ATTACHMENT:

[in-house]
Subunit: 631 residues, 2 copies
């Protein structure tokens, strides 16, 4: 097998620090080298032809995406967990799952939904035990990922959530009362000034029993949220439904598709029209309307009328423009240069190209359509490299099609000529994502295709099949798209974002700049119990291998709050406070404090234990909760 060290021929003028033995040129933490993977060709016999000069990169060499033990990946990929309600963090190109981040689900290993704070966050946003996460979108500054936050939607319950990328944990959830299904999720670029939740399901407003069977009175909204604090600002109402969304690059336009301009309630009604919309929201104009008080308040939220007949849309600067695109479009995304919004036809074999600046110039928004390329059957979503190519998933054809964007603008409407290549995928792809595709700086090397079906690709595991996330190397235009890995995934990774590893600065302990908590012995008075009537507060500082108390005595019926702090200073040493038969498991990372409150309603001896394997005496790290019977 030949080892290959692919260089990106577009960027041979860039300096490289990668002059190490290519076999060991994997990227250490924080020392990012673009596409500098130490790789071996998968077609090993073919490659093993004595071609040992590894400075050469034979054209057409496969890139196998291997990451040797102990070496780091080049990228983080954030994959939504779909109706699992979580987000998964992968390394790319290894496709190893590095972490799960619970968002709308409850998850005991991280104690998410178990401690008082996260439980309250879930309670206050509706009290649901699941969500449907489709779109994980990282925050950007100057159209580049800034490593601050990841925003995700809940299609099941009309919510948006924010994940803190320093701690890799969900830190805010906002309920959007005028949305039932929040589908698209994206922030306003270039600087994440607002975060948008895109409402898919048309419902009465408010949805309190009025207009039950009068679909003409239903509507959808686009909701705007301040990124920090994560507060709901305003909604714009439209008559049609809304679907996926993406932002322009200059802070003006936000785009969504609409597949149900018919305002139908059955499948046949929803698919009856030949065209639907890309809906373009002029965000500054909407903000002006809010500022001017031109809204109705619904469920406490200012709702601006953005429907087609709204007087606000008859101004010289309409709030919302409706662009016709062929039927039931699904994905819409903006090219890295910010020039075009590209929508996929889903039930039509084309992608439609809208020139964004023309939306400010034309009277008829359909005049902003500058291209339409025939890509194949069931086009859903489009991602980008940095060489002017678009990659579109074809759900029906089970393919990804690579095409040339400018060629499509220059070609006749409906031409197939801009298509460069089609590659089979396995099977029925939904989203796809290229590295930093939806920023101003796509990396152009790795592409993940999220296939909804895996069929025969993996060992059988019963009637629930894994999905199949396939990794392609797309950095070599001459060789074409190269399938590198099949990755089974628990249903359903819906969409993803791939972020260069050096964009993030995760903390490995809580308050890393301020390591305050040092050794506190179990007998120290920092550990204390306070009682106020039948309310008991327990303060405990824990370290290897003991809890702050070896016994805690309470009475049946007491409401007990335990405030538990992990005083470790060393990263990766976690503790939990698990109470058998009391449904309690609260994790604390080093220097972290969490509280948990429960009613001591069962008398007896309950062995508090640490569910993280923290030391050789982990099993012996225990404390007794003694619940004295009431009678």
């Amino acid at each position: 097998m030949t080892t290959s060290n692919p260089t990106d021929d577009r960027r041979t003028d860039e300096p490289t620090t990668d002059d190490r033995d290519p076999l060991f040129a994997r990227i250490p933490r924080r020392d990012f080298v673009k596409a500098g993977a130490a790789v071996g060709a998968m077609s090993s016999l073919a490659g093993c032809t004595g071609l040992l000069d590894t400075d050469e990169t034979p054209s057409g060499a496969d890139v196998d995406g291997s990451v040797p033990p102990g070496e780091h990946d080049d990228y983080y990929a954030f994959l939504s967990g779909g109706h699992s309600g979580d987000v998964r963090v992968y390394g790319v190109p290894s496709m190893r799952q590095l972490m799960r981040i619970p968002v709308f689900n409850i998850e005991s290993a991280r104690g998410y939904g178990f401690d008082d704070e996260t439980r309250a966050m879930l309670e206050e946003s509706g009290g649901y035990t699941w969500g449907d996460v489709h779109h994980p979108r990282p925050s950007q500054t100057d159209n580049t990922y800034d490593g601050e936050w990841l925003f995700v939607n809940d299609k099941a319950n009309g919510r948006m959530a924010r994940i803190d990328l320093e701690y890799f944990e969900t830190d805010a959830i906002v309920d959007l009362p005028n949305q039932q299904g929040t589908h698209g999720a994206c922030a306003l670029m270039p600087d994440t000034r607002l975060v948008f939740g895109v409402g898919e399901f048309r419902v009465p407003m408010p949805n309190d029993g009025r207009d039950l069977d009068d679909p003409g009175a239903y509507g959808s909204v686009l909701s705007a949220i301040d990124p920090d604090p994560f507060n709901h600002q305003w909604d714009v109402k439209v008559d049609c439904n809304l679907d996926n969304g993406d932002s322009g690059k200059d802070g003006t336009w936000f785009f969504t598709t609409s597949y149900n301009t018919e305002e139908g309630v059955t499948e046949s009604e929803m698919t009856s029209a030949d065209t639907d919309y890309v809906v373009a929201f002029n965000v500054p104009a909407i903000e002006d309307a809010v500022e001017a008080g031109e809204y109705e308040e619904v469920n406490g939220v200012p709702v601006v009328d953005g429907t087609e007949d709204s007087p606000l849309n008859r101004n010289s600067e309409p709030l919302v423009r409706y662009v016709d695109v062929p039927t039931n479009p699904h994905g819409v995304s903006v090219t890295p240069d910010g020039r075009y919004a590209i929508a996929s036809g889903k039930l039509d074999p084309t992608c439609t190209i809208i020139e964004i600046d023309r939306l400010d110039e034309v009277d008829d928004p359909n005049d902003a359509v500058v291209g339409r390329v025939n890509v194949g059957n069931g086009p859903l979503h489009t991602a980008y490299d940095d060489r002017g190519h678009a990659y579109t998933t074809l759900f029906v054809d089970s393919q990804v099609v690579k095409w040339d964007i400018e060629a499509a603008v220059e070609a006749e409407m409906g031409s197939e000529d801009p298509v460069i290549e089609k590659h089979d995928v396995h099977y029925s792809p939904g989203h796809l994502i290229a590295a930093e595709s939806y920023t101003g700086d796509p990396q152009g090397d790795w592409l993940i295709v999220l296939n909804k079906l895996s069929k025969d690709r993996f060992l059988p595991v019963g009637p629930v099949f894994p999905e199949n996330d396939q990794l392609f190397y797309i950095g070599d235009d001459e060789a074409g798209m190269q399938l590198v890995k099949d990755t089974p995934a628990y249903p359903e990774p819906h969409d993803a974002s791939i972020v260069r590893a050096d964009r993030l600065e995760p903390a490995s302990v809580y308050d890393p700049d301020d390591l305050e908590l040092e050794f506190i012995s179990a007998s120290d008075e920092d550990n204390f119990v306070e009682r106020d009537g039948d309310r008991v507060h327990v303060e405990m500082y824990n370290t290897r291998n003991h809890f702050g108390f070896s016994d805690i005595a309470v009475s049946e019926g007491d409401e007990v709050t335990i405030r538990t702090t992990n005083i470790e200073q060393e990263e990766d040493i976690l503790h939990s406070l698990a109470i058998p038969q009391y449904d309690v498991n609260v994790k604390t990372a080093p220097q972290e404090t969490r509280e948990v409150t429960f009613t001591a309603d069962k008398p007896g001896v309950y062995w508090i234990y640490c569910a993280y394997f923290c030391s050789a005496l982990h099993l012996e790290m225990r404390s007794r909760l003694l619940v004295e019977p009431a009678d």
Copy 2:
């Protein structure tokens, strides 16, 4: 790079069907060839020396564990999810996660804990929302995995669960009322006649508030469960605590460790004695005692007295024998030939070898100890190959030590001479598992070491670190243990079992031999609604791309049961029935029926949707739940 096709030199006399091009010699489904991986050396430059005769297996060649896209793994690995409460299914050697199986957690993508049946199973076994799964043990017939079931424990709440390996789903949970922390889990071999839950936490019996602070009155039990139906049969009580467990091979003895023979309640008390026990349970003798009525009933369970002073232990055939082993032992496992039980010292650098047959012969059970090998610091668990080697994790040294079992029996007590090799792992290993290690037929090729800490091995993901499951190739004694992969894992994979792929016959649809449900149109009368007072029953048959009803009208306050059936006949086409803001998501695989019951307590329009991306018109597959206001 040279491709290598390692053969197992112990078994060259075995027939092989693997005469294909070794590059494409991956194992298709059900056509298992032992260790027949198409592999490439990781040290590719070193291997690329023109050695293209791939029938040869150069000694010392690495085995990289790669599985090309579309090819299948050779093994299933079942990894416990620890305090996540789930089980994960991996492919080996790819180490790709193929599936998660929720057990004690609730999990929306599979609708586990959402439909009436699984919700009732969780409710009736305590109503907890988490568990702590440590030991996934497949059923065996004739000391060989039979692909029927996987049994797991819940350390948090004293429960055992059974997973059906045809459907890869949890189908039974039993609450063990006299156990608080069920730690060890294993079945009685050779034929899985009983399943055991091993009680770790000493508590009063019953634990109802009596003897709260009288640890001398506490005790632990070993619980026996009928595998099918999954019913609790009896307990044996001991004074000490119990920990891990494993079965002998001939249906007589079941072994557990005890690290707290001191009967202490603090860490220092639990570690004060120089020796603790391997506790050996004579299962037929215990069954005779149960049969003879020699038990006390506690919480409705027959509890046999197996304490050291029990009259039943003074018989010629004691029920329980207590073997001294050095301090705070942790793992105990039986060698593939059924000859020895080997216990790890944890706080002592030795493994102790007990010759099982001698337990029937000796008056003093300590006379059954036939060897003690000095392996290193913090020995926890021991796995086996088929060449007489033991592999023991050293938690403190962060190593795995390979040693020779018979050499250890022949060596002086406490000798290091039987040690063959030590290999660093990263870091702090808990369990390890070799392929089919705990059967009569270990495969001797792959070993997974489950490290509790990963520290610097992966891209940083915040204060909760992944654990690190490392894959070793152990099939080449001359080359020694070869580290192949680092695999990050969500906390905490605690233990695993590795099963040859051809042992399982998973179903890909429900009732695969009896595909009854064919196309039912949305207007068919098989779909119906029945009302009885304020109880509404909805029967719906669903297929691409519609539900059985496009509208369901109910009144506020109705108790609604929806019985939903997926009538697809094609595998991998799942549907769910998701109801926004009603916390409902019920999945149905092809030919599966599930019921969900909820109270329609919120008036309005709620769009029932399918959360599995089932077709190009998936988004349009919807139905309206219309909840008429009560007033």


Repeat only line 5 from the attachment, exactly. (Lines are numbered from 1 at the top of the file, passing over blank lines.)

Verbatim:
Copy 2: